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New Hampshire Court Strikes Down Interstate Roadblock
Federal roadblock set up on interstate highway declared unconstitutional by New Hampshire judge.

Roadblock photo by ChrisDag/Flickr
The controversial US Customs and Border Protection (CBP) roadblocks set up on an interstate highway in New Hampshire have been found unconstitutional. State Circuit Court Judge Thomas A. Rappa Jr last week ruled in favor of sixteen defendants who challenged the constitutionality of the Interstate 93 checkpoint set up near the town of Woodstock.

While the stop ninety miles from the Canadian border was supposed to have been set up for border enforcement purposes, the federal agents used a drug dog to sniff passing cars, resulting in several motorists being each charged with having a small amounts of marijuana in their possession.

New Hampshire's courts have prided themselves on interpreting their constitution to give residents stronger protections than those found in the federal constitution, but prosecutors insisted that the state constitution's prohibition on warrantless and suspicionless seizures did not apply either to the federal agents or the Woodstock officers who participated in the operation.

"Ignoring for the moment the issue of the primary purpose of the checkpoints, this court recognizes that if the defendants in these cases were tried in federal court for federal charges based on the current state of law the evidence seized by the CBP officers would be admissible," Judge Rappa observed.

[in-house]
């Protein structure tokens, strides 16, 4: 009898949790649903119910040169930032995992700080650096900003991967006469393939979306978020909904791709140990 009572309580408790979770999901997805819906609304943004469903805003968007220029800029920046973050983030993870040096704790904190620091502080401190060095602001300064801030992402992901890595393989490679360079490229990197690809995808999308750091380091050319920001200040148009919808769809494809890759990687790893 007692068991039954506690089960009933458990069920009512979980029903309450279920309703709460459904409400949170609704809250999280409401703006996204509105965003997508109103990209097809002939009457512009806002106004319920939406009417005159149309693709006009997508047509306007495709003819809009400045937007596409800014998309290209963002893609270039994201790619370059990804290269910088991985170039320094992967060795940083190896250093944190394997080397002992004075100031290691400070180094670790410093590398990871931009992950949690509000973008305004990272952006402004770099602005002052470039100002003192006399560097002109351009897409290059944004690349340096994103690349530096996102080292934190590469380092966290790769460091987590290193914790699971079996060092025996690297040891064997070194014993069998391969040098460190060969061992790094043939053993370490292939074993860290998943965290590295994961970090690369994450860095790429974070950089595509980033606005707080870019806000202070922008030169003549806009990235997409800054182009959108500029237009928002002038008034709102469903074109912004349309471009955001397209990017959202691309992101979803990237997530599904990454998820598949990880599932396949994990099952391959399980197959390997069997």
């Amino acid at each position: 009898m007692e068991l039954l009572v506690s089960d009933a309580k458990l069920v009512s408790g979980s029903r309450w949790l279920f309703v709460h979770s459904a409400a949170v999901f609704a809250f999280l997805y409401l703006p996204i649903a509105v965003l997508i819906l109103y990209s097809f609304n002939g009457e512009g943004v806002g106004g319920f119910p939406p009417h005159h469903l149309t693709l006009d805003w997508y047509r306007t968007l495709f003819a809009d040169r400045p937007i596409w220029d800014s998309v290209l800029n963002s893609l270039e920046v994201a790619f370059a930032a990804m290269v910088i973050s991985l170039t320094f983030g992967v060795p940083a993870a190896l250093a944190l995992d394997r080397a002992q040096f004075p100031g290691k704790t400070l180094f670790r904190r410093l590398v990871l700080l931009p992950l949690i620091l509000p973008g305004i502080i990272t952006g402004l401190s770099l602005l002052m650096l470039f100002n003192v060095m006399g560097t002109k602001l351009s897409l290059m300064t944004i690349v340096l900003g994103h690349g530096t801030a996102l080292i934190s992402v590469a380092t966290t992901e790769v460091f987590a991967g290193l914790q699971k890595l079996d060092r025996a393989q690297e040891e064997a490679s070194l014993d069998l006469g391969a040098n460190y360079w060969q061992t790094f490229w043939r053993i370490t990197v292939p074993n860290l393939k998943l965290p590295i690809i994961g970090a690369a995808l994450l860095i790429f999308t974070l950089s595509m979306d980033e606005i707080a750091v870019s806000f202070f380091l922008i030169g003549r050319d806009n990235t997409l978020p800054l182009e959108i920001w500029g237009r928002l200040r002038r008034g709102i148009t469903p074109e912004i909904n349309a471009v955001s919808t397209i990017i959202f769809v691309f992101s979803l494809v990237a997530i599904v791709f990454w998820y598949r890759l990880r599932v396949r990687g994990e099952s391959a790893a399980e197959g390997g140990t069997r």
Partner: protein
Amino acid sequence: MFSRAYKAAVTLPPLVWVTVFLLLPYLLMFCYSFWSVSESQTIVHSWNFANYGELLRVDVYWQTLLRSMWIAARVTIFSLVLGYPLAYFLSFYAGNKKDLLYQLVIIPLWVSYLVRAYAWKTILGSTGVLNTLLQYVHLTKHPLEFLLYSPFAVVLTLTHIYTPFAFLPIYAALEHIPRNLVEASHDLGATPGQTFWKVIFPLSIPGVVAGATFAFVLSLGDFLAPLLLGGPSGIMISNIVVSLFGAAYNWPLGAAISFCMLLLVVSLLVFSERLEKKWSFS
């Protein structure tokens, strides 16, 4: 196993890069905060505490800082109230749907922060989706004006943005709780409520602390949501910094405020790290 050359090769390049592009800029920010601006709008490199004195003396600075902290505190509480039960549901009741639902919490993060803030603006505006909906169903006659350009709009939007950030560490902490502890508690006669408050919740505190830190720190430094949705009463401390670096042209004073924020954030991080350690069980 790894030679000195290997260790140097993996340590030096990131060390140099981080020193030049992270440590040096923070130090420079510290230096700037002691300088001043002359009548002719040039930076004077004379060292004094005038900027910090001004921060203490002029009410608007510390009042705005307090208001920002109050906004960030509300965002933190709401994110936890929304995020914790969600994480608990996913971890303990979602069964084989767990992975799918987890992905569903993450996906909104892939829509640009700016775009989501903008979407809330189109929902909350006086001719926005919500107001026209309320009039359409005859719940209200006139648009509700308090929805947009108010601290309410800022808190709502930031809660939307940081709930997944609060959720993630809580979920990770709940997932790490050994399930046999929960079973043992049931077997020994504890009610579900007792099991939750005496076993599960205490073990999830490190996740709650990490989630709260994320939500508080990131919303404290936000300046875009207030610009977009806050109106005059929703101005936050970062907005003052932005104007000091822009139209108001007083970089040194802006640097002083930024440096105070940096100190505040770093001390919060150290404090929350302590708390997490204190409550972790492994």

Under state precedents, the use of drug dogs by any state police agency at a roadblock would be unconstitutional unless the officers had an articulable suspicion that a particular individual was involved in criminal activity. Judge Rappa decided that it would be inappropriate to allow federal agents to present information gathered contrary to the state constitution to uphold charges filed in state court.

"Based on the court's finding above that the evidence would be inadmissible if seized by state law enforcement officials because there was no articulable reasonable suspicion that any of these defendants was involved in criminal activity prior to the initial dog search, the court also finds that the inadmissibility of the evidence does not change based on the fact that it was seized by federal officers and then handed over to the state," Judge Rappa ruled.

Judge Rappa noted that he expected his decision to be appealed to the state Supreme Court, so he went further to recite inconsistencies in the federal agency's position for the record.

"This court finds that while the stated purpose of the checkpoints in this matter was screening for immigration violations, the primary purpose of the action was detection and seizure of drugs," Judge Rappa concluded. "The CBP was aware of that prior to setting up the checkpoints which is precisely why they felt the need to reach out to state and local agencies for assistance. In City of Indianapolis v. Edmund, the US Supreme Court argued that the primary purpose of a motor vehicle checkpoint cannot be the random detection of criminal activity such as drug detection. As such, the checkpoints were unconstitutional under both state and federal law."

A copy of the ruling is available in a 6mb PDF file at the source link below.

Source: PDF File New Hampshire v. McCarthy (New Hampshire Circuit Court, 5/1/2018)

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